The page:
January twelfth of 2012 is undeniably a day that will live on in the hearts and minds of Yankees fans. It was that evening that the balance of power in Yankee-land shifted for the foreseeable future. Since then the picture of what this rotation will look like next season has crystalized. With Cy Young candidate CC Sabathia [...]
(The following is being syndicated from The Captain’s Blog). Because free agency is often expensive and unpredictable, baseball teams have become more amendable to negotiating long-term extensions with players already under contract. Earlier in the week, I examined this trend from the perspective of the Yankees and smaller market teams, but what about the players who have not yet [...]
Via Ken Rosenthal, Major League Baseball and the MLBPA have agreed on a plan to expand the postseason to 10 teams this season. An announcement will be forthcoming tomorrow. This isn’t anything we didn’t already know was coming, but there was some question whether this year or next year would be the first season the new format was in play. With five teams (the Yankees, Red Sox, Rays, Rangers, and Angels) figuring to be solid wild card contenders if they don’t win their divisions, the new rules figure to make for a pretty fun stretch run heading into the ALDS. At least one of those teams will find themselves left out of the playoffs altogether, and two of them will probably square off in a one game wild card playoff. How does Jered Weaver vs. David Price in a one-game playoff (with the Red Sox the team missing out entirely, naturally) sound?
If you aren’t a big fan of the Yankees’ decision to trade Jesus Montero to Seattle this winter, you might want to stay clear of this report from Bob Harkins of Hardball Talk. Harkins talked to Montero at Mariners’ camp, and Jesus talked up his desire to stick at the catcher position in the big leagues while comparing himself to another bat first catcher with questionable skills behind the plate you might have heard of before (that would be Jorge Posada, if you don’t appreciate opacity. And yes, that was me trolling for an excuse to use “opacity” in a sentence.).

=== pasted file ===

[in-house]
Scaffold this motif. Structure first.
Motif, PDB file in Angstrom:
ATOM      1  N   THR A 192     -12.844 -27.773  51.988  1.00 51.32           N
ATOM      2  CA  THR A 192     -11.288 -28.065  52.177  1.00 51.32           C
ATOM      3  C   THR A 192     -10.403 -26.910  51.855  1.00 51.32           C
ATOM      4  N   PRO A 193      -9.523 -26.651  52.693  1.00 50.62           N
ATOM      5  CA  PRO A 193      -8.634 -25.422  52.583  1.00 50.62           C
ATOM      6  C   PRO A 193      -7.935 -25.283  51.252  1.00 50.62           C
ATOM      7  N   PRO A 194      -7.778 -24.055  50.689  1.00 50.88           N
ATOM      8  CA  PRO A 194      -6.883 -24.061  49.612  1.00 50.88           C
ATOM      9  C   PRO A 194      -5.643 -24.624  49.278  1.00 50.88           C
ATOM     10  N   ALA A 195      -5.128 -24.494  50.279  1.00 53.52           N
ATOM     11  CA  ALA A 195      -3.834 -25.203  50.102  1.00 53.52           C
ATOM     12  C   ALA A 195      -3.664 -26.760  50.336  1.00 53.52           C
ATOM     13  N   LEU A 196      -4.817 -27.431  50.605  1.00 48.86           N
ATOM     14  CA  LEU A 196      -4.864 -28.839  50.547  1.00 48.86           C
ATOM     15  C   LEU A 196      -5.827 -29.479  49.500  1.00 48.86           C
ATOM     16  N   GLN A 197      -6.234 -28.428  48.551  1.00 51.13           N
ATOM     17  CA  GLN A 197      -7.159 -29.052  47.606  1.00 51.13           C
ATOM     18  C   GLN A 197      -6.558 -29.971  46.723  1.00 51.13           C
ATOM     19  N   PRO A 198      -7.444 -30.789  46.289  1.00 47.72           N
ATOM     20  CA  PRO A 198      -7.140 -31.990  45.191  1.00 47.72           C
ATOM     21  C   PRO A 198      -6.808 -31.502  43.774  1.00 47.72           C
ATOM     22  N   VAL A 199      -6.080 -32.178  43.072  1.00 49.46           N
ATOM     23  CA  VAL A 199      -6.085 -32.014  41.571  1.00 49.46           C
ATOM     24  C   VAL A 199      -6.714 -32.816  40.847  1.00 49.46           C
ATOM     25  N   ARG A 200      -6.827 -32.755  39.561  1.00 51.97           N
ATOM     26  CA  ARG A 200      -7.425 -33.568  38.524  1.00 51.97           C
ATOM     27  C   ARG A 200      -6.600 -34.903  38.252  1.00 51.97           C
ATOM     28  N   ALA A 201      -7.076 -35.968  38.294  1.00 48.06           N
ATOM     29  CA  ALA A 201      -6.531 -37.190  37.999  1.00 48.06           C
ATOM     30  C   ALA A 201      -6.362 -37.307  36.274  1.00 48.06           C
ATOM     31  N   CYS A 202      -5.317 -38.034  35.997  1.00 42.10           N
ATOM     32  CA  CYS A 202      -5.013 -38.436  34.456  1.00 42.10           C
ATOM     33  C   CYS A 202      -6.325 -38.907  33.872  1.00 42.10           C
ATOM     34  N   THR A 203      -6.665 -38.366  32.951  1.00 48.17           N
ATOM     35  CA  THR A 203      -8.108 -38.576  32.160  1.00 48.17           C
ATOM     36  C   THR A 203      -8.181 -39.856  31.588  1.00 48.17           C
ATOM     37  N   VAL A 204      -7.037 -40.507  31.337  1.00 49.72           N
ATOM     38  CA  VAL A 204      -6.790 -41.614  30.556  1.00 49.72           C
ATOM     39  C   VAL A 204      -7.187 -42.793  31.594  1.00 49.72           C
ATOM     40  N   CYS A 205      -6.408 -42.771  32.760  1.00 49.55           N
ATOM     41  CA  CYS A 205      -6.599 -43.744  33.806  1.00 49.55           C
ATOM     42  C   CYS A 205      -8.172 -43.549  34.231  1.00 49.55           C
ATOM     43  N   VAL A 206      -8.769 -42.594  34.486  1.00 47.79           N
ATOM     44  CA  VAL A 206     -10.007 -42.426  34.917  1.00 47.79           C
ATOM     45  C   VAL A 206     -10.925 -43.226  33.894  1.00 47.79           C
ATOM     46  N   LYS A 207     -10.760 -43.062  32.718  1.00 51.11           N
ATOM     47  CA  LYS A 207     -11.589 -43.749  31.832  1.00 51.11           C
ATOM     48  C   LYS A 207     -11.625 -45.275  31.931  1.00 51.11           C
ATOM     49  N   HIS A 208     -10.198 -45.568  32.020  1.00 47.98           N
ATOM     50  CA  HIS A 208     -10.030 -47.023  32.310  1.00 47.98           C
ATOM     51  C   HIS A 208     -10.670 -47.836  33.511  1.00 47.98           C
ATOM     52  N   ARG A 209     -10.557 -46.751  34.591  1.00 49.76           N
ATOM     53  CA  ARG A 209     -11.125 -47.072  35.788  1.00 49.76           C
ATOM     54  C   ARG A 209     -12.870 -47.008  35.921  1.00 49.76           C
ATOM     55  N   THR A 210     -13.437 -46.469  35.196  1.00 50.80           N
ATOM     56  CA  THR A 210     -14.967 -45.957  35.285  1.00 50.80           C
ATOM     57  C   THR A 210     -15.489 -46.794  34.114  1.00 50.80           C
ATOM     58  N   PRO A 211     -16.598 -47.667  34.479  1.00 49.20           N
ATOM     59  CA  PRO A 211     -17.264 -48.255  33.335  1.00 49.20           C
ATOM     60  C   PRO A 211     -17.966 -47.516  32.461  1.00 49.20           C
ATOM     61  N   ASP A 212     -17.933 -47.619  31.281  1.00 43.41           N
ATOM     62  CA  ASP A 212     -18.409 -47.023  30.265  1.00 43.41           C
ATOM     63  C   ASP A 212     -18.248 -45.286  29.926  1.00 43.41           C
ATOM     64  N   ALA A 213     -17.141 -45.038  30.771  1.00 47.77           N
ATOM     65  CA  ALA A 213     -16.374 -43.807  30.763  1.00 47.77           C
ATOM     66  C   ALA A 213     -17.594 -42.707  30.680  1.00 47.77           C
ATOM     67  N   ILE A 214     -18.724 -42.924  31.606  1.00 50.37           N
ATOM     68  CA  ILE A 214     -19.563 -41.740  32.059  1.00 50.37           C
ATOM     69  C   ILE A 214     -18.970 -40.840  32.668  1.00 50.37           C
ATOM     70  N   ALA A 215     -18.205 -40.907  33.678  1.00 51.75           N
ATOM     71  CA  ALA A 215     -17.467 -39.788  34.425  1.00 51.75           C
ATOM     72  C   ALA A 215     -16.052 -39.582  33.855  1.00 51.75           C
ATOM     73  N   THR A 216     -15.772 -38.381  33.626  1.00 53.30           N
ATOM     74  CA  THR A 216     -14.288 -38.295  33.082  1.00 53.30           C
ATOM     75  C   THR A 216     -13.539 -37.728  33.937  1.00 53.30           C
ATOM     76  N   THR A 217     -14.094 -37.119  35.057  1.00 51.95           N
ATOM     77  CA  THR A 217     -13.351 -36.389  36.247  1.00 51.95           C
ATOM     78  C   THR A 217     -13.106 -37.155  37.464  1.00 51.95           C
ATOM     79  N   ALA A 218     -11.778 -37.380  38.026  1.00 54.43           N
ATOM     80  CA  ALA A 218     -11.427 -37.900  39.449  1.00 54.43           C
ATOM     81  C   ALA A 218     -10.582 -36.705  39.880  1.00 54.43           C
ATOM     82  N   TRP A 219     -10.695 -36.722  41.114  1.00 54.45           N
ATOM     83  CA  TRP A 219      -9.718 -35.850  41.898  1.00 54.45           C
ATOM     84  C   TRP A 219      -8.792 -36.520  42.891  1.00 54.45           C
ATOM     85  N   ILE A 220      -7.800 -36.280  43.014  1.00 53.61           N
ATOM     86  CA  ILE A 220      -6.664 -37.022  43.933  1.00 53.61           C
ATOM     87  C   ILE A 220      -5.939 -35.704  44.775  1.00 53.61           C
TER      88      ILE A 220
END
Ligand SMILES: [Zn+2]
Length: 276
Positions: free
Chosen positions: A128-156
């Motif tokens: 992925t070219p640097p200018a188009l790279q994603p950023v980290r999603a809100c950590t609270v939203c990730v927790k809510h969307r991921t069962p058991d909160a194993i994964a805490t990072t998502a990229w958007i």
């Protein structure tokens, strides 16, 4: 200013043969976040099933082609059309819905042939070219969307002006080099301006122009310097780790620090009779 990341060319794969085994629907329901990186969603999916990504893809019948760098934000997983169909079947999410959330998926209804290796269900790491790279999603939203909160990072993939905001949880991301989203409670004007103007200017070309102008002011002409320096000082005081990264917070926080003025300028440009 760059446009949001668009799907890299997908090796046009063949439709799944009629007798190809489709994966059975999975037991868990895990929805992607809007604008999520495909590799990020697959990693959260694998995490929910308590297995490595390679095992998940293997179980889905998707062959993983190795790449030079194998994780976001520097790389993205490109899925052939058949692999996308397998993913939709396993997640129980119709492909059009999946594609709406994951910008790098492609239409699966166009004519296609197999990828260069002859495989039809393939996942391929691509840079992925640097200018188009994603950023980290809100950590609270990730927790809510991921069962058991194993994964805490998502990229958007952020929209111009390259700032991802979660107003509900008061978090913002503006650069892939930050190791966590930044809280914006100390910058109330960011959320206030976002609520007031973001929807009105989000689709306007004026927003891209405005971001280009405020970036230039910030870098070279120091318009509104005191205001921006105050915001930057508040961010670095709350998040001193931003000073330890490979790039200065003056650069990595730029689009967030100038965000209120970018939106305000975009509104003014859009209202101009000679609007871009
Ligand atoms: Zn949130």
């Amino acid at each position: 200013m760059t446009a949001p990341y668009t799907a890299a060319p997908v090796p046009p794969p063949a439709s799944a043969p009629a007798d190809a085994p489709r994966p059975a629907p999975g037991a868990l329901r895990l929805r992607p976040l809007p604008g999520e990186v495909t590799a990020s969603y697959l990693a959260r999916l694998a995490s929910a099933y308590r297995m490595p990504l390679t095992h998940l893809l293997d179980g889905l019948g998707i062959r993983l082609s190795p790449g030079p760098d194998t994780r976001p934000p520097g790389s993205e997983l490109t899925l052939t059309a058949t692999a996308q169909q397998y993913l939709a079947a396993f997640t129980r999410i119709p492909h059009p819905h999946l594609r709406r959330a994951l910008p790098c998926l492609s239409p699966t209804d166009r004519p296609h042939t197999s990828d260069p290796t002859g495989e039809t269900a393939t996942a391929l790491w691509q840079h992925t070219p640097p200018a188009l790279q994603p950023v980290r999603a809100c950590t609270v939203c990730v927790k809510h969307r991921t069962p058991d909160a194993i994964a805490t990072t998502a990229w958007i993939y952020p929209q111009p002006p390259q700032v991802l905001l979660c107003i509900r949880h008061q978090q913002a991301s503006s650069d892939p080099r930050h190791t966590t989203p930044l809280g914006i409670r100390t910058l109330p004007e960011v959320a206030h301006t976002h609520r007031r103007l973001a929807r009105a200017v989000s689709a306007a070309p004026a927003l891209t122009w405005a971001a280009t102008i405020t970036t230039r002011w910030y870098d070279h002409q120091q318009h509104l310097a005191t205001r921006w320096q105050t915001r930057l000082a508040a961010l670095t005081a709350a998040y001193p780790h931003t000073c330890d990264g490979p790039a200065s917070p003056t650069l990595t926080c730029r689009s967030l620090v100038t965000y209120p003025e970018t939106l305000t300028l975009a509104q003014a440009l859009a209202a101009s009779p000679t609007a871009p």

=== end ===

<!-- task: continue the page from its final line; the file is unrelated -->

If Montero can stay at catcher long term, the trade is going to start to look a lot better for Seattle than it has, to me, since it was finalized, and if Michael Pineda doesn’t develop into an ace, Brian Cashman may well regret agreeing to the move. However, I’m extremely skeptical that Montero can actually handle catching on a regular basis. What was once a polarizing discussion of his defensive tools slowly turned into a near consensus that Montero lacked the receiving skills and athleticism needed to handle the position last season, and while the Yankees always insisted that they viewed him as a catcher, they never put their money where there mouth was on that contention in terms of the big league team. Indeed, if the Yankees actually thought he could be a catcher, say, next season, I very much doubt they would have even seriously considered trading him for anyone this side of Felix Hernandez or Clayton Kershaw.
The Mariners have every incentive to give Montero a chance to develop behind the plate, and it’s a good thing that Montero wants to work hard at mastering the position, I suppose, but if Montero does develop into a serviceable major league backstop, it would be quite the surprise at this point.
As I’ve said before, the Yankees have been the best organization at developing relief pitchers over the last decade. With all these top prospect lists heading our way, I rarely see much loving handed out to the relief pitchers, so I figured we could focus on an impressive group of guys that could become the [...]
The ban would only apply to new major leaguers. Other players would be grandfathered and could continue using low-density bats if desired.
As you might remember, too, I have been pretty darned vocal about this shattered bat thing for, well, ever. Because of this obsession of mine, I developed a new BFF in the baseball universe, Wendy Thurm from FanGraphs and Baseball Nation. She asked me a few questions via email and I send a whole mess of a response her way. She turned it into something much better, as you can read here. Like the pro she is, she took only a quote from me: